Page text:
Jesus, full of the Holy Spirit, returned from the Jordan and was led by the Spirit in the desert (Luke 4:1).
One of the most important factors in Jesus’ earthly life was His dependence upon the Holy Spirit. We see His relationship to the Spirit from the very beginning of His life. He was conceived by the Holy Spirit (Matthew 1:20; Luke 1:35). The Spirit descended upon Jesus at His baptism (Matthew 3:16; Mark 1:10; Luke 3:22). John the Baptist described Jesus as the one who would baptize His people with the Holy Spirit (Matthew 3:11; Mark 1:8; Luke 3:16). Jesus was full of joy by the Holy Spirit (Luke 10:21). At the very end of His earthly ministry, He became the source of the Holy Spirit for His disciples, breathing upon them to symbolically bestow the Spirit upon them (John 20:22).
To be full of the Holy Spirit is different than being filled with the Holy Spirit. Being filled with the Spirit is a temporary infusion of power from the Spirit to aid in gospel proclamation. Being full of the Spirit is a settled condition of demonstrating the character of the Holy Spirit. We’ll look next time at Jesus filled with the Spirit, but look now at how He displayed the character of the Holy Spirit on a consistent basis.
In fact, we might say that Jesus depended on and reflected the holiness of the Spirit not just consistently, but perfectly and without fail every moment of his life. There are two places where church authorities declare that Jesus was without sin. In 2 Corinthians 5:21 Paul writes, ” God made him who had no sin to be sin for us, so that in him we might become the righteousness of God.” And in Hebrews 4:15 says, “For we do not have a high priest who is unable to sympathize with our weaknesses, but we have one who has been tempted in every way, just as we are-yet was without sin.”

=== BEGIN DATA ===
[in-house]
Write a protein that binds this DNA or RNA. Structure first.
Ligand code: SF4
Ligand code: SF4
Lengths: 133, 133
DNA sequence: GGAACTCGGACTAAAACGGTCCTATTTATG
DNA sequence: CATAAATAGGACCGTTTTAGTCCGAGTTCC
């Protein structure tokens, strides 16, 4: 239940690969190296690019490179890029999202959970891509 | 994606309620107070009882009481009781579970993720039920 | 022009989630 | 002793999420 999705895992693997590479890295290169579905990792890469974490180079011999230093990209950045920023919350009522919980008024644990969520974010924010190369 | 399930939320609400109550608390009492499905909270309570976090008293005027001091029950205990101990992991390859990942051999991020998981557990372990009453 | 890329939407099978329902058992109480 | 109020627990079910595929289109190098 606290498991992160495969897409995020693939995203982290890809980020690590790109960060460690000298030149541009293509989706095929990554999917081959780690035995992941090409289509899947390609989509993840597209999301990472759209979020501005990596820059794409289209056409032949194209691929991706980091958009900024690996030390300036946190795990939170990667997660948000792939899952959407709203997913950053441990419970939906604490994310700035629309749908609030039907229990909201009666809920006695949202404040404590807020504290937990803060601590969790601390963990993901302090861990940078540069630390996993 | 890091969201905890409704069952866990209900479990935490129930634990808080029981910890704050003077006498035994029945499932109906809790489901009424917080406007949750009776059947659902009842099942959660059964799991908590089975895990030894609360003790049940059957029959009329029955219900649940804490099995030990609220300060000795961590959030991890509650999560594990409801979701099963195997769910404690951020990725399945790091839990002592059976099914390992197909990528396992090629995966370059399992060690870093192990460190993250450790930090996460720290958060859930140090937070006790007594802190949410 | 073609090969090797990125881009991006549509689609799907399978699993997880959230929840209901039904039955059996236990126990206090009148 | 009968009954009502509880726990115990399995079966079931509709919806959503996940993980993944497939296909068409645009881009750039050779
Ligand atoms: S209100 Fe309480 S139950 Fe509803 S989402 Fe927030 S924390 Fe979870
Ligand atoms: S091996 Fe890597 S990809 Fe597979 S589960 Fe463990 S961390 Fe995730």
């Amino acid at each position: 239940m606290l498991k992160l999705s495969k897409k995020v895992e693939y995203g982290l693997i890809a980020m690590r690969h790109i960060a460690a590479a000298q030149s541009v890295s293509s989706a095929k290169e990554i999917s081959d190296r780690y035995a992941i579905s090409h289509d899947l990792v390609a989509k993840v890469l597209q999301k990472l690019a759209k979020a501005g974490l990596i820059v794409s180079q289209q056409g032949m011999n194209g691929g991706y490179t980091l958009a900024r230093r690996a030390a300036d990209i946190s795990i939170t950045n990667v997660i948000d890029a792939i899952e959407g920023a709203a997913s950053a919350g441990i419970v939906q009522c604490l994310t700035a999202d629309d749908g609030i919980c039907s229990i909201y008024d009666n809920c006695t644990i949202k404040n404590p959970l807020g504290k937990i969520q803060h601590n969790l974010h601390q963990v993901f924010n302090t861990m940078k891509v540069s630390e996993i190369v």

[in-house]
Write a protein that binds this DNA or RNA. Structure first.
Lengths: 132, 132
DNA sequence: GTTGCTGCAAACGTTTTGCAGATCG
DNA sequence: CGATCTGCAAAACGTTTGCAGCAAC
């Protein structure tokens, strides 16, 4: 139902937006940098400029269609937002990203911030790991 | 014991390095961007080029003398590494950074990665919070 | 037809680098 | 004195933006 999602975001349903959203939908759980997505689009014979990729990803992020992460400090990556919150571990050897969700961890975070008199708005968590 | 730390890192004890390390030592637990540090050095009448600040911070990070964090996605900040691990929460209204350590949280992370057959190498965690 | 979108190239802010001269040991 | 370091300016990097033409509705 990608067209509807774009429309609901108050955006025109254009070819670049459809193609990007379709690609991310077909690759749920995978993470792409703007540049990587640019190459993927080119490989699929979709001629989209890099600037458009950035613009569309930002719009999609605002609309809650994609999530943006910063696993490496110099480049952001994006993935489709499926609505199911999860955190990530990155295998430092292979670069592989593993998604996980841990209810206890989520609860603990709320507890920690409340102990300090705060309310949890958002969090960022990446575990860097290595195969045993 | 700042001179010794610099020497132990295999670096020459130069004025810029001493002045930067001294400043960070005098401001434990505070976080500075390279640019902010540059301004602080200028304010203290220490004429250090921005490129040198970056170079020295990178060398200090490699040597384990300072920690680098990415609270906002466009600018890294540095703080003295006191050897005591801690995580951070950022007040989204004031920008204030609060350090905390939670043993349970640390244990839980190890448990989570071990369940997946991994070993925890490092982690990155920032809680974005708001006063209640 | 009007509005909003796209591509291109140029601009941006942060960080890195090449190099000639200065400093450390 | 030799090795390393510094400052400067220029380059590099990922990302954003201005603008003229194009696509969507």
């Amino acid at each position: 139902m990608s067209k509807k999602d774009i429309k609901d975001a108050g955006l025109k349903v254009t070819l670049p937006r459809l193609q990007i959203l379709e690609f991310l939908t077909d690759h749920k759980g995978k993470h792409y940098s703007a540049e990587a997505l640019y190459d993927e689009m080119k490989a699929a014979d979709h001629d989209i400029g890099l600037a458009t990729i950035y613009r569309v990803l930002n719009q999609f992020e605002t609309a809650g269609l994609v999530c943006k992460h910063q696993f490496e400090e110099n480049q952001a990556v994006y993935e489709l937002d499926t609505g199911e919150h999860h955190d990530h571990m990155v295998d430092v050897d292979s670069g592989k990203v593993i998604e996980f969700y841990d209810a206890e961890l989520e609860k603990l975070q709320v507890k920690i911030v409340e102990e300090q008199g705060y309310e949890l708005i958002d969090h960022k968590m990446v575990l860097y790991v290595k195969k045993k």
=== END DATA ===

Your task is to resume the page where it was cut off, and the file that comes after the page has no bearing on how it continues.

But Jesus himself recognized and acknowledged that he was sinless. In John 8:45 Jesus is seeking to make a point to the religious leaders that they should recognize he has come from God and should love him and believe him. He challenges them, “Can any of you prove me guilty of sin?” It is possible that he is speaking of some specific sin they might accuse him of, such as false claims about God, but he obviously had no concern that they would be able to come up with anything to charge him with. His conscience and his slate was clean.
But even more telling than this was the way Jesus interacted with people. He didn’t just demonstrate the absence of sin. He showed the presence of love, unconditional and unabashed love, which is the ultimate standard of holiness. When Jesus wept at Lazarus’ death the Jews said, “See how he loved him!” (John 11:36) And many more could give testimony to how Jesus loved them. He loved those normally considered unlovable. He never treated anyone with disrespect (except those who, like the Pharisees, needed to be challenged in the most potent of ways). He never condemned those who wanted to do right or know the truth. Even people like the rich young ruler, who rejected Jesus’ and his teaching, were still loved (Mark 10:21).
Though it may not always be directly said that this holy character was a by-product of time spent with the Holy Spirit, we know that all human holiness comes from staying connected to God and having His character transform ours. John says Jesus was “full of grace and truth” (John 1:14), which is to say, He was full of God, full of the Holy Spirit.
Paul commands all believers to be full of the Holy Spirit (Ephesians 5:18). The results of such consistent connection with the Spirit will result in our being an encouragement to others (“Speak to one another with psalms, hymns and spiritual songs” 5:19a). It will result in our having hearts full of gratitude and praise for God (“Sing and make music in your heart to the Lord, always giving thanks to God the Father for everything, in the name of our Lord Jesus Christ” 5:19b,20). It will result in our being submissive to one another resulting in unity and peace (“Submit to one another out of reverence for Christ” 5:21).
Jesus lived the way he did to show us how we should live. Be full of the Spirit!
- How Do You Explain the Trinity? (askthepastors.wordpress.com)
- Who Do I Pray to, the Father, the Son or the Spirit? (askthepastors.wordpress.com)